WA Cares Program Evolves: $36,500 Benefit Now Accessible for Washington Expats

Workers may soon have the ability to retain their state long-term care benefits even if they relocate outside of Washington. A bill allowing eligible retirees to access the $36,500 lifetime benefit after moving out of the state passed the Senate with a 27-21 vote on Wednesday. The proposed legislation extends participation to those who relocate, provided they continue contributing to the program. The bill is now awaiting approval from Governor Jay Inslee.

The WA Cares Fund, funded by a 0.58% tax on workers’ incomes in Washington, offers a lifetime benefit starting July 2026. This benefit, amounting to $36,500, can be utilized to cover various long-term care expenses for older, injured, or disabled individuals, including caretaking, equipment, and meals.

House Bill 2467 aims to address a major criticism of the program – that workers contributing throughout their careers cannot access benefits if they move out of Washington. Representative Nicole Macri, the bill’s sponsor, emphasized the importance of ensuring benefits are accessible regardless of one’s location.

Another legislative proposal, Senate Bill 6072, is also under consideration. It introduces a portability option for the program and includes additional changes, such as creating a private long-term care insurance option for individuals once their benefits are exhausted. This bill may be voted on in the House before the legislative session concludes on March 7.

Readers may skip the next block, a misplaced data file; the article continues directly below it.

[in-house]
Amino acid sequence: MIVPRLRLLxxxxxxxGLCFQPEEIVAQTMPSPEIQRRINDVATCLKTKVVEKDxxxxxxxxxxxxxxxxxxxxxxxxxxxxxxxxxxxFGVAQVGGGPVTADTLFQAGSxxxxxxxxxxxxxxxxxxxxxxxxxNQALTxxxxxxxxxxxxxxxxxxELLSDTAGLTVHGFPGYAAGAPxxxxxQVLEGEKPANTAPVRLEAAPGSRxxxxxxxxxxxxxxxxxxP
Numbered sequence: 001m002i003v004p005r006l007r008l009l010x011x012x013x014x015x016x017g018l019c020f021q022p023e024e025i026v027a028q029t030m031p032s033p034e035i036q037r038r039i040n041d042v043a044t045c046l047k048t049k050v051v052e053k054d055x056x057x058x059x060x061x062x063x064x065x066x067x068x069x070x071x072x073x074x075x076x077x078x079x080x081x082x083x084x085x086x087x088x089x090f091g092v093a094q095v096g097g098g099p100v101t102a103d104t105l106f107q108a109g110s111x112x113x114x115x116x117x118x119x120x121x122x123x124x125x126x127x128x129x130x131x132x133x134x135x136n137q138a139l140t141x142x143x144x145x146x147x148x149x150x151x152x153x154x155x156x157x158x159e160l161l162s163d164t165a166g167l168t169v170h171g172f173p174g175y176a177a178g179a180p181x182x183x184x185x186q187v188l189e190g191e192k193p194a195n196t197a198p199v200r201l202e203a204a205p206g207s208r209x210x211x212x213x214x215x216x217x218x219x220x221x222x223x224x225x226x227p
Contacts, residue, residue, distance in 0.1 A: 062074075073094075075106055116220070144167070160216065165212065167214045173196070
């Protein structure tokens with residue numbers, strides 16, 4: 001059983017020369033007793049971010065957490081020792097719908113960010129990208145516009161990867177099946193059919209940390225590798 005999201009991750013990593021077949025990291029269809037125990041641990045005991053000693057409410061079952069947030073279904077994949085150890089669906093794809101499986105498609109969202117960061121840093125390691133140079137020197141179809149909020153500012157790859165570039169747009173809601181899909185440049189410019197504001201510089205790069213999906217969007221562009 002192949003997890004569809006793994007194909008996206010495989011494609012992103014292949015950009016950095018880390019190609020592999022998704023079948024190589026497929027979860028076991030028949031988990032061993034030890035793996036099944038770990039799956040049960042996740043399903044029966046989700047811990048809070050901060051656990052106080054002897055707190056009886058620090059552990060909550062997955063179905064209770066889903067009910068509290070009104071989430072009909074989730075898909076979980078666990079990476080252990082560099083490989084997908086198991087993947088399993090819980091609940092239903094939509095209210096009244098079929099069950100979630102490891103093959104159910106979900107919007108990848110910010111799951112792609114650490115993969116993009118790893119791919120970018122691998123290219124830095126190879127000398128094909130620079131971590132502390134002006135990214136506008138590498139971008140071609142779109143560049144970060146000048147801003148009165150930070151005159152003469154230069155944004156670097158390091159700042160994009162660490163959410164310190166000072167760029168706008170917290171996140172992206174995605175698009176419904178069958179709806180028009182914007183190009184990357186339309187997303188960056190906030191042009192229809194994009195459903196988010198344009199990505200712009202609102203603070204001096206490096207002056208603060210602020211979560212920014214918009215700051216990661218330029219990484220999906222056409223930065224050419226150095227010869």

The WA Cares program, enacted in 2019 and implemented last year, has faced controversy. Supporters argue it is essential for aiding the state’s aging population, while critics contend that many contributors may never fully utilize the benefit. An initiative set for the November ballot proposes making the program optional, allowing individuals to opt in or out at any time.

House Bill 2467’s portability solution has drawn criticism from Republicans, who find it bureaucratic and “clunky.” The bill requires individuals leaving Washington to continue contributing if they have paid into the program for at least three years, reporting their wages to the Washington State Employment Security Department within a year of departure.

Concerns also exist that the bill might be perceived as an alternative to the upcoming initiative on the ballot. Republicans express support for the initiative and are cautious about confusing voters with additional options. However, Senator Karen Keiser, the bill’s sponsor, clarified that the portability option is meant to enhance flexibility and does not serve as an alternative.

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